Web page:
The inconsistencies inherent in the technology have repeatedly misidentified individuals and been unreliable.

Mr. Darley is keeping up with the technology, its use in Alabama, and the resulting problems. He will explore whether you were deprived of your opportunity to challenge this emerging technology, especially if it is used as probable cause to make your arrest.

Attorney Jason Darley understands the evidence must prove guilt beyond a reasonable doubt. Mr. Darley will review your charges and investigate how facial recognition technology, the individuals using it, and the software may have biased your case.

Call his Mobile office to find out more at (251) 441-7772.

 

Sources:

Georgetown Law
https://www.law.georgetown.edu/privacy-technology-center/publications/a-forensic-without-the-science-face-recognition-in-u-s-criminal-investigations/#:~:text=Face%20recognition%20has%20been%20used,the%20opportunity%20to%20challenge%20it.

Georgetown report
https://mcusercontent.com/672aa4fbde73b1a49df5cf61f/files/2c2dd6de-d325-335d-5d4e-84066159df71/Forensic_Without_the_Science_Face_Recognition_in_U.S._Criminal_Investigations.pdf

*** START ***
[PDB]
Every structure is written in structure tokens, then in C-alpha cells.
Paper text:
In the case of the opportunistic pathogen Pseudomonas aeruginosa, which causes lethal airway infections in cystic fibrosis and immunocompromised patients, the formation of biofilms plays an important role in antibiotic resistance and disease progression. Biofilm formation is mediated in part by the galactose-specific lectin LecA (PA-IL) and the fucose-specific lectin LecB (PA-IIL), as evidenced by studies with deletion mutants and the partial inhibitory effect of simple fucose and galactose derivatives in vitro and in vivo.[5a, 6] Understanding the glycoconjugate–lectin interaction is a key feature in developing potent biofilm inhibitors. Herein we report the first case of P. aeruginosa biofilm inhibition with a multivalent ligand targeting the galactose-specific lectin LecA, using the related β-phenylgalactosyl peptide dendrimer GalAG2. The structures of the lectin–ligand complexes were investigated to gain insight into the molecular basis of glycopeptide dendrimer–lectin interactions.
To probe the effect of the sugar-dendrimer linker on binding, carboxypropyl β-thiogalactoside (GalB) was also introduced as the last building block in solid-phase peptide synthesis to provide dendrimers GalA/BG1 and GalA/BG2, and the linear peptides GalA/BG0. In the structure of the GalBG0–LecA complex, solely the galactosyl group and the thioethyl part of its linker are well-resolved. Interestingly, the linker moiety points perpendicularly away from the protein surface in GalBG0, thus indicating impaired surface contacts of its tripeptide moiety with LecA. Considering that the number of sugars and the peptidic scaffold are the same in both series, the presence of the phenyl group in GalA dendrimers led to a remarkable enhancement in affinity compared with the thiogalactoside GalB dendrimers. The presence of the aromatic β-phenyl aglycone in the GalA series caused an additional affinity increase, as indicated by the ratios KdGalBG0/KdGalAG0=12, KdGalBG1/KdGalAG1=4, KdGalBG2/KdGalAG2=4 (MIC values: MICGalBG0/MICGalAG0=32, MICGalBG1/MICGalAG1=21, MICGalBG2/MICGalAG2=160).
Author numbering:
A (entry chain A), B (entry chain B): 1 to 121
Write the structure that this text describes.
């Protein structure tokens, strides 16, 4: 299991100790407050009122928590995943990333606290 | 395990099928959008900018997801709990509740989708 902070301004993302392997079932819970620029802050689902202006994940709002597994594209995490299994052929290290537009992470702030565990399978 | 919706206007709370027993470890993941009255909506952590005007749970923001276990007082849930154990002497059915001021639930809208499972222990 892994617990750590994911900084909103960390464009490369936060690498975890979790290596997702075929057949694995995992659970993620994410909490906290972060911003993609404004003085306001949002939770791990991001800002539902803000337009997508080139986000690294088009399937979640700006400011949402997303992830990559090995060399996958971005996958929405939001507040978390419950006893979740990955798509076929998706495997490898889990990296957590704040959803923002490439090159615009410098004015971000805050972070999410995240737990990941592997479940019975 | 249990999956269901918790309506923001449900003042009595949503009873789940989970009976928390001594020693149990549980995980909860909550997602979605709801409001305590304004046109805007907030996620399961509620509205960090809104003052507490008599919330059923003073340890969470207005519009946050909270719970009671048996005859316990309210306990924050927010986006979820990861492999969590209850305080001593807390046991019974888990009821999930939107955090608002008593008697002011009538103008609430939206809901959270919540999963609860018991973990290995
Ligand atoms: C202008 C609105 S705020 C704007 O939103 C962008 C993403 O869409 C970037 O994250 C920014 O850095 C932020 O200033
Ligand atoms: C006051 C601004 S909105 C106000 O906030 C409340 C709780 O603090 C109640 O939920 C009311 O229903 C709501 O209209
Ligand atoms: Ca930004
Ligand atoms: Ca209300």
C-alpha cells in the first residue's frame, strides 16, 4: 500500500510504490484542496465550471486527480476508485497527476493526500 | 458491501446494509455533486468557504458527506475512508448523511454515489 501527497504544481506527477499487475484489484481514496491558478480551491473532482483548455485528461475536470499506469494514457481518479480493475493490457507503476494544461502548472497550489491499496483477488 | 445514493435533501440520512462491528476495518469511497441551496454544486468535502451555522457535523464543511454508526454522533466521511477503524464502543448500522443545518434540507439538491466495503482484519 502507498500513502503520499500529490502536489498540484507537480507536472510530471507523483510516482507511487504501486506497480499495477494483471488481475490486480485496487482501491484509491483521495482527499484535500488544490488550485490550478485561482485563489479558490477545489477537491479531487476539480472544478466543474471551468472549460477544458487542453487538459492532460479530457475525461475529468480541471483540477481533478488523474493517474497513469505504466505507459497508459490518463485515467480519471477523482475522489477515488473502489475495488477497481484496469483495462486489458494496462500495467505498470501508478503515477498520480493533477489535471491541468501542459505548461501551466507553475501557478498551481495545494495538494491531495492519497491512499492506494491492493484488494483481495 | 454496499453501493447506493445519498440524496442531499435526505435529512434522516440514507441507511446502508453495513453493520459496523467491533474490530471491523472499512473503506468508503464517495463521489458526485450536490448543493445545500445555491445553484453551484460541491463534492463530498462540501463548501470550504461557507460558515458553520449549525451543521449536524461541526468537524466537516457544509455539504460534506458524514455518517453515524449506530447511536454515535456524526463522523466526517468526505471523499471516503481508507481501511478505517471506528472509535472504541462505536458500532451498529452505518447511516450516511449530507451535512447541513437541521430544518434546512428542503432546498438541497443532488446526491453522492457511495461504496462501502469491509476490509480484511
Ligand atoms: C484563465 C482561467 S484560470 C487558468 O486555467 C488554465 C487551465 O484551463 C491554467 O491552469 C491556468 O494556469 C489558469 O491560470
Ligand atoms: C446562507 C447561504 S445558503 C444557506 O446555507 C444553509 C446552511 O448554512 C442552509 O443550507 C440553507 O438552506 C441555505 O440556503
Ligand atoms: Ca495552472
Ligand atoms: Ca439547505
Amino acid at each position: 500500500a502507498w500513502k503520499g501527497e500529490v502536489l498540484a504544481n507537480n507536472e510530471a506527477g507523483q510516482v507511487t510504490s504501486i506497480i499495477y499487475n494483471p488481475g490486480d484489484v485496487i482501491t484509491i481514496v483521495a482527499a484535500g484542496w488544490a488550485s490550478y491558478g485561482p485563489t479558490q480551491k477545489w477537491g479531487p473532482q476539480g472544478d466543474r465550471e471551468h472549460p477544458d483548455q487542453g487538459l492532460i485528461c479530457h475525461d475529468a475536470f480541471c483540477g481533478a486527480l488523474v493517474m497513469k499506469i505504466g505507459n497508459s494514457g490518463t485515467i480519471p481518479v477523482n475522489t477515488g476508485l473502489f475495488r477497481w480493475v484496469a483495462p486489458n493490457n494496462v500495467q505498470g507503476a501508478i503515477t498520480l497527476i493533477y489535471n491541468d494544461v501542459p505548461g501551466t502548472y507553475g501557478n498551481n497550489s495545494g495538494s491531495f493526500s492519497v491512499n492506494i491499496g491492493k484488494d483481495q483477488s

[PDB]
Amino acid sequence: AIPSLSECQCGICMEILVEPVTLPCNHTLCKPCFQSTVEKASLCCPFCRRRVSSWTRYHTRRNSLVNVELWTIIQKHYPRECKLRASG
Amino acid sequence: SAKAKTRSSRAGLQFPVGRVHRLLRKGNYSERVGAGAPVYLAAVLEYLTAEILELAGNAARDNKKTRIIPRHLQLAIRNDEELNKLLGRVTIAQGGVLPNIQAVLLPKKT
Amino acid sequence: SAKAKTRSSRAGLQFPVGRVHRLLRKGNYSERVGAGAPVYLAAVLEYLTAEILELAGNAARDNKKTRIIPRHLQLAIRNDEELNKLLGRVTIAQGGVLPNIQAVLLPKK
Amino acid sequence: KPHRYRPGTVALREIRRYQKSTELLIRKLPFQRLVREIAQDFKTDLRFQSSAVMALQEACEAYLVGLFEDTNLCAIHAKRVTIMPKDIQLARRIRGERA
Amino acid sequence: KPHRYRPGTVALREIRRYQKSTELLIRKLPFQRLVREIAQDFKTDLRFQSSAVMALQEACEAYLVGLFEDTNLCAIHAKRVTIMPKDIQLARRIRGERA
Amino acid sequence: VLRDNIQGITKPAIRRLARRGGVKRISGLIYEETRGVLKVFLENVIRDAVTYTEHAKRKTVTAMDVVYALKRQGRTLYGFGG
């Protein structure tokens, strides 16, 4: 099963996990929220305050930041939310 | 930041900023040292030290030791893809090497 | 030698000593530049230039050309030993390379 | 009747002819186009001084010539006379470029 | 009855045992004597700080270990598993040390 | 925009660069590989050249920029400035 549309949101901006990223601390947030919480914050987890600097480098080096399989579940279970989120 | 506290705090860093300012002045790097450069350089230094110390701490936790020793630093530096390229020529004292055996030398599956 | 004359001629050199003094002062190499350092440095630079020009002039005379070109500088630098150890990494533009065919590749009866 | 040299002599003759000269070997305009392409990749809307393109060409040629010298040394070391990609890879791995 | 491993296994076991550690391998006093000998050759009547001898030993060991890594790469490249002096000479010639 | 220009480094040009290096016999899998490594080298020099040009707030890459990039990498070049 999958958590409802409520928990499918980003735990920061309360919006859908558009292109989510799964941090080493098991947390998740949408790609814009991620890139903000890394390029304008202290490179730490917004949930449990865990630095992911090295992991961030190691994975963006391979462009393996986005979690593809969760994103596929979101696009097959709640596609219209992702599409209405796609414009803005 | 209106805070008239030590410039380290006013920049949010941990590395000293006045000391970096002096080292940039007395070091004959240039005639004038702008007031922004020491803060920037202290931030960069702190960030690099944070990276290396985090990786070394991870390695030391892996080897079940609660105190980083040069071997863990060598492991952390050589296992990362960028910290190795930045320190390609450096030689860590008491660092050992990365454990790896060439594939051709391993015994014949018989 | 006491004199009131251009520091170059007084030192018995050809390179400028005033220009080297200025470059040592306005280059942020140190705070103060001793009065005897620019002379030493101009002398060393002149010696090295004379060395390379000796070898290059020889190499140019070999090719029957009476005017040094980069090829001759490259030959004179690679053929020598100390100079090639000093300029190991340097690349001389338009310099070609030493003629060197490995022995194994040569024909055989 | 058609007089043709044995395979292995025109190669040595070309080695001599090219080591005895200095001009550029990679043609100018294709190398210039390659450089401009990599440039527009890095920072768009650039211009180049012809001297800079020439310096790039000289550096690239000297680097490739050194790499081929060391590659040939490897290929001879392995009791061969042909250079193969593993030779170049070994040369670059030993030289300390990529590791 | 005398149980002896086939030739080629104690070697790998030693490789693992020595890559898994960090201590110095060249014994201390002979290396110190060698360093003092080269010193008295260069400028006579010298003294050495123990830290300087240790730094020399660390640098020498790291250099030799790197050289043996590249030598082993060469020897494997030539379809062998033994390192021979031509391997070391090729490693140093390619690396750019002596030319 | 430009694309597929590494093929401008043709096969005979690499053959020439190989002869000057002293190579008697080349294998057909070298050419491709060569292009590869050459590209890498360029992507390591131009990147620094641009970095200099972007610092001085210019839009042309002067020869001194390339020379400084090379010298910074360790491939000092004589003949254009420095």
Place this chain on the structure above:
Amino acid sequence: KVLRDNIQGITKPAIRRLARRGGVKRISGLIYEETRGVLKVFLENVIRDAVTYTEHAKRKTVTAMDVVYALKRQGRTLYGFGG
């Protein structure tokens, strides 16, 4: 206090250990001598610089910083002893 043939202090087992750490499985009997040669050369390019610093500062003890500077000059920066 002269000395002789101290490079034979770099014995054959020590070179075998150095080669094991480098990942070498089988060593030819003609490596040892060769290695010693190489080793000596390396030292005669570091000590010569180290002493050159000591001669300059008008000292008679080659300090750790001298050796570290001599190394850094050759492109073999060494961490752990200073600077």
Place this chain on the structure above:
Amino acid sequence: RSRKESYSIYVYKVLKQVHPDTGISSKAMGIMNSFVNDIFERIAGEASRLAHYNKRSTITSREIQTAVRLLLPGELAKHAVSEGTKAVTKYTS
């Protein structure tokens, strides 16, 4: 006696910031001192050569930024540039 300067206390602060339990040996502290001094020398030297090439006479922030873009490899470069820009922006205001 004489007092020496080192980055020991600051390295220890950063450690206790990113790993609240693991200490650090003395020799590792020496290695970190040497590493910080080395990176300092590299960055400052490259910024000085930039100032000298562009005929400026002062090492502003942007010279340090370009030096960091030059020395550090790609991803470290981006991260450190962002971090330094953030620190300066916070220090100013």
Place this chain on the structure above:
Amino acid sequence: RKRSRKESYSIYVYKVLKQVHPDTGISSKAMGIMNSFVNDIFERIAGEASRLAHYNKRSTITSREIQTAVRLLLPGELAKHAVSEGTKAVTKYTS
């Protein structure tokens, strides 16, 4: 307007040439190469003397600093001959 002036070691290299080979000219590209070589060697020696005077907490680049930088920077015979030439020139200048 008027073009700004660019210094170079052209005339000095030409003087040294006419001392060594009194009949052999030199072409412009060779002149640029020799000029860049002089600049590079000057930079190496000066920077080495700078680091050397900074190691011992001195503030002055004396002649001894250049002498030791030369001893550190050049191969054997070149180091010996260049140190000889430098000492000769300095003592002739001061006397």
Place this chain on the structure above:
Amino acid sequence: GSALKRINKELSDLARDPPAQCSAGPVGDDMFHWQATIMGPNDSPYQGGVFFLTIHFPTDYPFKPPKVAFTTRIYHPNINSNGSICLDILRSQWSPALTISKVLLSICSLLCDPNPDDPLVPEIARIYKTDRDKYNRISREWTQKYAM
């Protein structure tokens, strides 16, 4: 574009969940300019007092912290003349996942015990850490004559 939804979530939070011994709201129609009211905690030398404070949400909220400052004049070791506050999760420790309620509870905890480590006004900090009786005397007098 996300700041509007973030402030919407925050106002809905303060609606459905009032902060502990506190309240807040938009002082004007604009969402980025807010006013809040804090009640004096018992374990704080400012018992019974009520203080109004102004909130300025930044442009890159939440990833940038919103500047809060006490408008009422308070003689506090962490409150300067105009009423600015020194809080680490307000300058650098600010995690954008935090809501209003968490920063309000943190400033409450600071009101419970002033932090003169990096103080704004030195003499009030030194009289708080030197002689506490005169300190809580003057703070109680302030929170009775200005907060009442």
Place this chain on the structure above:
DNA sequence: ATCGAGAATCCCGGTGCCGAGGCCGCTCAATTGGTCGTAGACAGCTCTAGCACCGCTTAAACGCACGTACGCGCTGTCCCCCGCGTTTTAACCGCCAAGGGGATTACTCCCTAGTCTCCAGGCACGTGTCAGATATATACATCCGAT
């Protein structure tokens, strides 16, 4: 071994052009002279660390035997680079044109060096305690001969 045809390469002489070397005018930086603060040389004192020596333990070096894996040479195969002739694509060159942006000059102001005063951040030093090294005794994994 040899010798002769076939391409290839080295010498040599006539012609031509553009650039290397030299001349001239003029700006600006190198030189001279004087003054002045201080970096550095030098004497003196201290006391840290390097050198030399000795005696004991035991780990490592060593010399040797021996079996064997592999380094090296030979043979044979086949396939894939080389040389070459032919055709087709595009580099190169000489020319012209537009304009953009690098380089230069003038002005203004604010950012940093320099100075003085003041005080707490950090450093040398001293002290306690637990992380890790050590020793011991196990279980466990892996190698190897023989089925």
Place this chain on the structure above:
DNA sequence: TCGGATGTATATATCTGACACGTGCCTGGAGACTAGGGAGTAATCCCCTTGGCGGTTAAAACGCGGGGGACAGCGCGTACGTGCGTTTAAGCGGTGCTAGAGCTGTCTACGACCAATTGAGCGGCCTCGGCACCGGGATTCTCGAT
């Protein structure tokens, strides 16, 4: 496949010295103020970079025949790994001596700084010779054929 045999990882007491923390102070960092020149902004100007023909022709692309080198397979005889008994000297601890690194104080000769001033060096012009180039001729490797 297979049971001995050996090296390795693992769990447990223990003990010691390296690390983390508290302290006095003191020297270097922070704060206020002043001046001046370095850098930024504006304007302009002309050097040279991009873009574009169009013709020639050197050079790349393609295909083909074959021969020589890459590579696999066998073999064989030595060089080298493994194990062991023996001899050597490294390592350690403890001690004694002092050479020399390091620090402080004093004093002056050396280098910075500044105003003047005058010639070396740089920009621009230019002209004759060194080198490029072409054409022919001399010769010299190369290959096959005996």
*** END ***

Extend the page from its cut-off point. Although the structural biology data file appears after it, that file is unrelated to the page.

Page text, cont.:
ASIS International
https://www.google.com/search?q=what+are+your+rights%3F+%26+facial+recognition+software%3F&oq=what+are+your+rights%3F+%26+facial+recognition+software%3F&gs_lcrp=EgZjaHJvbWUyBggAEEUYOdIBCTEyMDE1ajBqN6gCALACAA&sourceid=chrome&ie=UTF-8

Citizens Count
https://www.citizenscount.org/news/should-state-be-prohibited-using-facial-recognition-technology-without-search-warrant?gad_source=1&gclid=CjwKCAiAhJWsBhAaEiwAmrNyq9YnHeGtCXflX3eIs2QeuXFOmNJqEx4BePFjJ_toZl_RjHQkZXbtdRoCIOwQAvD_BwE

Bloomberg Law News
https://news.bloomberglaw.com/privacy-and-data-security/facial-recognition-software-is-everywhere-with-few-legal-limits

GAO
https://www.gao.gov/products/gao-23-105607